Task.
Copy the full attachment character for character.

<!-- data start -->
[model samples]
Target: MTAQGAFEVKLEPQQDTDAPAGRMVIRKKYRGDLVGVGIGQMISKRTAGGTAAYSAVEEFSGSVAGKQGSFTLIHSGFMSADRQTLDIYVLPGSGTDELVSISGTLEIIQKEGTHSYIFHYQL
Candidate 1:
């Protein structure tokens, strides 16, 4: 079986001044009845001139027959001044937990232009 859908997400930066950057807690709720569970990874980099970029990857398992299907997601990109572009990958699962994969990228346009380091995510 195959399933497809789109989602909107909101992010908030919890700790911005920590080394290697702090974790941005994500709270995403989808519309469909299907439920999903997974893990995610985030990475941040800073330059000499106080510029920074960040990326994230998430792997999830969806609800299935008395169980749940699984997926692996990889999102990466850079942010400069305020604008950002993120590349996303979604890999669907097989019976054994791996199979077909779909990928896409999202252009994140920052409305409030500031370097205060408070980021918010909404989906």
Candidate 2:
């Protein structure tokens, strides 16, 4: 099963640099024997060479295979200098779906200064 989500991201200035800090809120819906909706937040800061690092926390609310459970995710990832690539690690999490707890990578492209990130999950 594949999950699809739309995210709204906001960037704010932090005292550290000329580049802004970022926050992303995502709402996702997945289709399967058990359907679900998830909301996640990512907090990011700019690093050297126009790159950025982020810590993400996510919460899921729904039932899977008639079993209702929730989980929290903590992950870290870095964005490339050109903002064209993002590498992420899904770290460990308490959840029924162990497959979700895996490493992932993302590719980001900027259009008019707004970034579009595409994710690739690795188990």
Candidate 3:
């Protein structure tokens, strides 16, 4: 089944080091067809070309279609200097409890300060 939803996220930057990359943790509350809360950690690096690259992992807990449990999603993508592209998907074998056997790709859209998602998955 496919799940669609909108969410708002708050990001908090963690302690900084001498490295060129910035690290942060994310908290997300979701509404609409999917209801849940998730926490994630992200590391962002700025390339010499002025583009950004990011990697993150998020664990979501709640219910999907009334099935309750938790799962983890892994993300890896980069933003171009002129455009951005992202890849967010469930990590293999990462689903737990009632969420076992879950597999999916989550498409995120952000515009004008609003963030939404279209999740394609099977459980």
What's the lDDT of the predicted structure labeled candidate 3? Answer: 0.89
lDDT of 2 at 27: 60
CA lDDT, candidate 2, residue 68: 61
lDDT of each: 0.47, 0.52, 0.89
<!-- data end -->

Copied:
[model samples]
Target: MTAQGAFEVKLEPQQDTDAPAGRMVIRKKYRGDLVGVGIGQMISKRTAGGTAAYSAVEEFSGSVAGKQGSFTLIHSGFMSADRQTLDIYVLPGSGTDELVSISGTLEIIQKEGTHSYIFHYQL
Candidate 1:
């Protein structure tokens, strides 16, 4: 079986001044009845001139027959001044937990232009 859908997400930066950057807690709720569970990874980099970029990857398992299907997601990109572009990958699962994969990228346009380091995510 195959399933497809789109989602909107909101992010908030919890700790911005920590080394290697702090974790941005994500709270995403989808519309469909299907439920999903997974893990995610985030990475941040800073330059000499106080510029920074960040990326994230998430792997999830969806609800299935008395169980749940699984997926692996990889999102990466850079942010400069305020604008950002993120590349996303979604890999669907097989019976054994791996199979077909779909990928896409999202252009994140920052409305409030500031370097205060408070980021918010909404989906």
Candidate 2:
């Protein structure tokens, strides 16, 4: 099963640099024997060479295979200098779906200064 989500991201200035800090809120819906909706937040800061690092926390609310459970995710990832690539690690999490707890990578492209990130999950 594949999950699809739309995210709204906001960037704010932090005292550290000329580049802004970022926050992303995502709402996702997945289709399967058990359907679900998830909301996640990512907090990011700019690093050297126009790159950025982020810590993400996510919460899921729904039932899977008639079993209702929730989980929290903590992950870290870095964005490339050109903002064209993002590498992420899904770290460990308490959840029924162990497959979700895996490493992932993302590719980001900027259009008019707004970034579009595409994710690739690795188990």
Candidate 3:
């Protein structure tokens, strides 16, 4: 089944080091067809070309279609200097409890300060 939803996220930057990359943790509350809360950690690096690259992992807990449990999603993508592209998907074998056997790709859209998602998955 496919799940669609909108969410708002708050990001908090963690302690900084001498490295060129910035690290942060994310908290997300979701509404609409999917209801849940998730926490994630992200590391962002700025390339010499002025583009950004990011990697993150998020664990979501709640219910999907009334099935309750938790799962983890892994993300890896980069933003171009002129455009951005992202890849967010469930990590293999990462689903737990009632969420076992879950597999999916989550498409995120952000515009004008609003963030939404279209999740394609099977459980």
What's the lDDT of the predicted structure labeled candidate 3? Answer: 0.89
lDDT of 2 at 27: 60
CA lDDT, candidate 2, residue 68: 61
lDDT of each: 0.47, 0.52, 0.89